Ideal holographic tool making requires ideal hand tracking and pose estimation which is not present as of 2017. For example, the use of the paintbrush in the visual example above requires an understanding of the full pose of the brush in space. We recommend identifying the strength and limitations of the tracking technology and working with it. For example, the location of the palm and ability to squeeze are reliable, so a paintbrush tool can be “attached” to the palm, and drawn between the palm and the index finger. Painting might then occur when the user pinches.
…don’t reinvent the paintbrush in some radical new way…
Other examples of reliable hand features include the “hand-openness” metric which provides real-time calculation of how open or closed the hand is. Using this system, the brush can produce strokes of color with a thickness that varies depending on how tightly the user squeezes. Painting ceases when the user’s hand is completely open.
The neuroscience behind it
By drawing on real-world experience, holographic interfaces designed
to look and function like physical objects can be understood by a user immediately. Meta advises leveraging such instincts wherever possible instead of relying on abstractions that must be deciphered or explained—creating a true “no learning curve” interface.
Objects and tools designed with affordances—physical characteristics that suggest their use and function, such as the handle on an axe—are understood more quickly and with greater depth than flat icons that must first be decoded as abstract symbols. The brain’s action planning systems then automatically formulate a sequence of movements to grasp and use the tool based on these cues.
Affordances play a major role in the design of an ideal Spatial Interface, as they directly leverage the user’s priors to reduce the learning curve. An understanding of the user’s likely priors is therefore critical to putting this principle to use effectively.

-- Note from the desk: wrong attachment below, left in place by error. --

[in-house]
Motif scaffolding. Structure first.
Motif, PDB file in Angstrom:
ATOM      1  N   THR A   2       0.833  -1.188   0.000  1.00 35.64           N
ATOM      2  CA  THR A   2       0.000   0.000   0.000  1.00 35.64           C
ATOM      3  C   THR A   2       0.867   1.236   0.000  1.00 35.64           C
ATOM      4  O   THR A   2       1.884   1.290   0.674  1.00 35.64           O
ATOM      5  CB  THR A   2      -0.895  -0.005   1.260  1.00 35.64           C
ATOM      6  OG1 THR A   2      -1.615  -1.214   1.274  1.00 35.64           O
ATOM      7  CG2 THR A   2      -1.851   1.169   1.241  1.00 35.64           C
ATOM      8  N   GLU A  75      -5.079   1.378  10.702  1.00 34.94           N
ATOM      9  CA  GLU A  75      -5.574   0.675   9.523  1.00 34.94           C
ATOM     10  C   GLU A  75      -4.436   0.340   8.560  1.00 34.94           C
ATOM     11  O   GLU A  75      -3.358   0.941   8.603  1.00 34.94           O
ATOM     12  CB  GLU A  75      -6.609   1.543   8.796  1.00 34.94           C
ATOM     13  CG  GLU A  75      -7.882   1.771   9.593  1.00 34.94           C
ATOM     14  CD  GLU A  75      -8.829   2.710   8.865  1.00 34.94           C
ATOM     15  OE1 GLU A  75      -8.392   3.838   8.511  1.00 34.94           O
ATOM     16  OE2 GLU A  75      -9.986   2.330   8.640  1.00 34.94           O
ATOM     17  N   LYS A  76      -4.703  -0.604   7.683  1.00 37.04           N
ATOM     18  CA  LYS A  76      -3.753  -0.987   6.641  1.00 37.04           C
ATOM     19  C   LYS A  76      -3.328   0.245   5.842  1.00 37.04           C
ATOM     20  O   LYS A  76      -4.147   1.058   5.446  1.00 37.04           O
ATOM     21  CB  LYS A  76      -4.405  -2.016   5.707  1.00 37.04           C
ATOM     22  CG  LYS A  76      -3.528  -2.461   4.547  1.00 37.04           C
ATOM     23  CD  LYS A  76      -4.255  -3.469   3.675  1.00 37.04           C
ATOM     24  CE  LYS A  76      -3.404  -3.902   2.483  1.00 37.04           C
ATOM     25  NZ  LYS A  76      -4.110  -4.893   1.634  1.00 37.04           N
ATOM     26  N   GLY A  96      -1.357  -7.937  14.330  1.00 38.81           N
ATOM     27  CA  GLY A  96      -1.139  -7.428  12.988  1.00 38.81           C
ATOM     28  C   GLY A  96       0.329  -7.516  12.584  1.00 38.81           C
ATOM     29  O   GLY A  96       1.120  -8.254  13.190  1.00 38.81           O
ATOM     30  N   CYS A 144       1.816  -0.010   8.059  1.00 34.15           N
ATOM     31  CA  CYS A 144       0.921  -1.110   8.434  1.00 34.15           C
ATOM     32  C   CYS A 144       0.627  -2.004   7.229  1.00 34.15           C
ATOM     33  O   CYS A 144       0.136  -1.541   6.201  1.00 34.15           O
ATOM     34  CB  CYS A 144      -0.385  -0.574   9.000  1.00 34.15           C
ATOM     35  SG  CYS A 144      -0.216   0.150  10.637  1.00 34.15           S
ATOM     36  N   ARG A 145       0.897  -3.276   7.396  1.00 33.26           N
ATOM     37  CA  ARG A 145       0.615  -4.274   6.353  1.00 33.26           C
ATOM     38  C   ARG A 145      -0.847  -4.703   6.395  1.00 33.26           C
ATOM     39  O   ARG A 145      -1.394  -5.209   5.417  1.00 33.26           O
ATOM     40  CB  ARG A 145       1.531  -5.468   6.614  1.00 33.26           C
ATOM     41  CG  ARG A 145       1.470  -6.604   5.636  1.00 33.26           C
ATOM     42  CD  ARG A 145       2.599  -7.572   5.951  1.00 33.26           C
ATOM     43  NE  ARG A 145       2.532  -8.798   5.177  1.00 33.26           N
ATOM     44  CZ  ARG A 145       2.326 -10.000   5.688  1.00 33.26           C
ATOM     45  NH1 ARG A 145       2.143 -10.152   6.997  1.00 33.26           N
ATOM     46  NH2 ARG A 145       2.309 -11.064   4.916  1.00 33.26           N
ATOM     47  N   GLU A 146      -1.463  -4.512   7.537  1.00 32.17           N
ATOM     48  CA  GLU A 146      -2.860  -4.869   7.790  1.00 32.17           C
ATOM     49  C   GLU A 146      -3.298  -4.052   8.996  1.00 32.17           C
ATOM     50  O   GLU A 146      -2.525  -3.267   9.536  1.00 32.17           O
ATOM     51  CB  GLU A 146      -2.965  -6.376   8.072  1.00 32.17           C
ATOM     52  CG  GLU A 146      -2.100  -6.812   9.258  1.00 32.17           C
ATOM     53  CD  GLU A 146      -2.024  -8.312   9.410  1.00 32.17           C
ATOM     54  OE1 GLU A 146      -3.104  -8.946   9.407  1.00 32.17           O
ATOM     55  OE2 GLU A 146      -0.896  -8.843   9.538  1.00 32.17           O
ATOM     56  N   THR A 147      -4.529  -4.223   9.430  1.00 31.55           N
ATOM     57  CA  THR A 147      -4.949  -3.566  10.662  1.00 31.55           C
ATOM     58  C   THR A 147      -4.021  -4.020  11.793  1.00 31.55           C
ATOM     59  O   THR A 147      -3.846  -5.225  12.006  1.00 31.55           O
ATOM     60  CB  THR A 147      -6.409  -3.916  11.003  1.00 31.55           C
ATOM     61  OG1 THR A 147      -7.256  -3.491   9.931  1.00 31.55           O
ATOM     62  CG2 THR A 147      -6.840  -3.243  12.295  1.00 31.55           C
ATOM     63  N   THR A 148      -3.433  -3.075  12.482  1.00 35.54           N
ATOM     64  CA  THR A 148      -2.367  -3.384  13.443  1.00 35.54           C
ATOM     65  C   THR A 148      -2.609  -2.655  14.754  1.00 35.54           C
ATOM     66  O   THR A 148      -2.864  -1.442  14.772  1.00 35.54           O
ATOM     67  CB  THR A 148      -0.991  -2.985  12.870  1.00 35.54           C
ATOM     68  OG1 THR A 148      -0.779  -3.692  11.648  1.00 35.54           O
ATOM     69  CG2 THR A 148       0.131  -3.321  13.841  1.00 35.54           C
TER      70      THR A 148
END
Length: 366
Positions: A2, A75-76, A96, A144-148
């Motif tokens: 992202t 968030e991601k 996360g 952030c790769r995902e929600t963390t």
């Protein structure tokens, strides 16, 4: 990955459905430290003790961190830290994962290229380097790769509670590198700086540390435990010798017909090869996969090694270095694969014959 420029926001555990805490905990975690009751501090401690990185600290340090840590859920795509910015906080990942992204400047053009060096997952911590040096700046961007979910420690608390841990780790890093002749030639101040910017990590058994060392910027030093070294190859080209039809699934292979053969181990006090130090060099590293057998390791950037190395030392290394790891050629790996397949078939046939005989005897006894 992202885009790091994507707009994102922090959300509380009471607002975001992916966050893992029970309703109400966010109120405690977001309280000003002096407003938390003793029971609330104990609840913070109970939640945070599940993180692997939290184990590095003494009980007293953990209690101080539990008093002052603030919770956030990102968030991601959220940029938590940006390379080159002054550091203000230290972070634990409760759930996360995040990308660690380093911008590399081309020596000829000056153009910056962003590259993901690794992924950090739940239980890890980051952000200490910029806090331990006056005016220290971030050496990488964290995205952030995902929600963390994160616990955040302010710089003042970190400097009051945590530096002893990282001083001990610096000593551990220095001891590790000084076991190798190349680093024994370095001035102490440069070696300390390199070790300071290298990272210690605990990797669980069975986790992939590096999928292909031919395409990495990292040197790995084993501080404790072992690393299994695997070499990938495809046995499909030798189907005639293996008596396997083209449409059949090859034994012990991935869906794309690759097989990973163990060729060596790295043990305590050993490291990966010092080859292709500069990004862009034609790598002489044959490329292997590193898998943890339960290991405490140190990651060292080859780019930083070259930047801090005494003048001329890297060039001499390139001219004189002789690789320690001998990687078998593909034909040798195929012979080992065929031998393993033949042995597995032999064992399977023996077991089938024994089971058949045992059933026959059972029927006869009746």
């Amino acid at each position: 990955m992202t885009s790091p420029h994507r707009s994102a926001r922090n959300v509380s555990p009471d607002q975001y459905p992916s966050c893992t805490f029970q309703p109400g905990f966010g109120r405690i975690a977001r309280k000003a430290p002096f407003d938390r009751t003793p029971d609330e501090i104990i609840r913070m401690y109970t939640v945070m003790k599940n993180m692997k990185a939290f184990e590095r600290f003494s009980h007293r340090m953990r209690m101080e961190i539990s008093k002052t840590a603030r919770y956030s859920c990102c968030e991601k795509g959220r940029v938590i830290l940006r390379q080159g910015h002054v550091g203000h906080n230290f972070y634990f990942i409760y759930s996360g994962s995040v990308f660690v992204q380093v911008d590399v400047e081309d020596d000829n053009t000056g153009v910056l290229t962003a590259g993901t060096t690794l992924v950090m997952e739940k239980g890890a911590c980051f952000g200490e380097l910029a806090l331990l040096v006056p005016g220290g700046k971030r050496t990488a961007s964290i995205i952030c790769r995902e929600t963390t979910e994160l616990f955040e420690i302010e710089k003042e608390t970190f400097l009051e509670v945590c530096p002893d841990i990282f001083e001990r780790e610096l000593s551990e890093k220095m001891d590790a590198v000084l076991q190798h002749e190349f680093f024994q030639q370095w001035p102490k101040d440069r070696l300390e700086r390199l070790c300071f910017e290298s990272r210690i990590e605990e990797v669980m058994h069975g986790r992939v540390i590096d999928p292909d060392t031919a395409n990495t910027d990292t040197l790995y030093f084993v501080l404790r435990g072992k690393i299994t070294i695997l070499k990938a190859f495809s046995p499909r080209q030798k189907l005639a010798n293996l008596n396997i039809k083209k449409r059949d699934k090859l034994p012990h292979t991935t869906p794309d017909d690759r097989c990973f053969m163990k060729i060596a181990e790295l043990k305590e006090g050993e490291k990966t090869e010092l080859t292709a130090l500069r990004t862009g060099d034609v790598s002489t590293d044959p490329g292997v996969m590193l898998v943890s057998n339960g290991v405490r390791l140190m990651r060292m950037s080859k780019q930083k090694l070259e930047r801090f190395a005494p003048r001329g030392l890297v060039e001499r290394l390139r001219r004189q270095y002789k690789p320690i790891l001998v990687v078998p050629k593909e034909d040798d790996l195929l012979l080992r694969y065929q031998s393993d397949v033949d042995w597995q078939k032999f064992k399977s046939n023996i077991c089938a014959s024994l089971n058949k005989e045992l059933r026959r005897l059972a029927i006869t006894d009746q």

The mechanism for recognizing affordances and reacting appropriately lies in Area F5 of the premotor cortex, where a set of neurons known as “canonical” neurons “match the shape and size of an observed object with prehension (grasping) or other actions” (Rizzolatti and Luppino, 2014).
2 So universal are tools that our species, Homo, was defined by it. In fact, Homo Habilis began using a stone tool by the name of “Mode 1 Rock” in the African Savanna over 2.5 million years ago. This crude stone tool showcased a chipped edge and allowed our ancestors more control over their environment and gain. We have co-evolved with similar stone, tools for such extended periods of time that it is no surprise that the human nervous system is well specialized towards its use. In contrast, we’ve spent a total of a few decades with the abstract menus and icons of the WIMP (Windows, Icons, Menus, Pointers) era. Some readers raise the point that modern may be superior. However, two things should be mentioned in this context: first, until AR/VR computers, humans were unable to render digital volumetric tools in space, so they are technically more modern than buttons. Second, from the standpoint of bayesian neuroscience, the longer a particular behavior occurred, the more neurocircuitry is specialized for it, and the less efficient it is to deviate from those priors for accomplishing a given task. For example, if the task requires spinning an object, in a very literal sense ‘why reinvent the wheel?’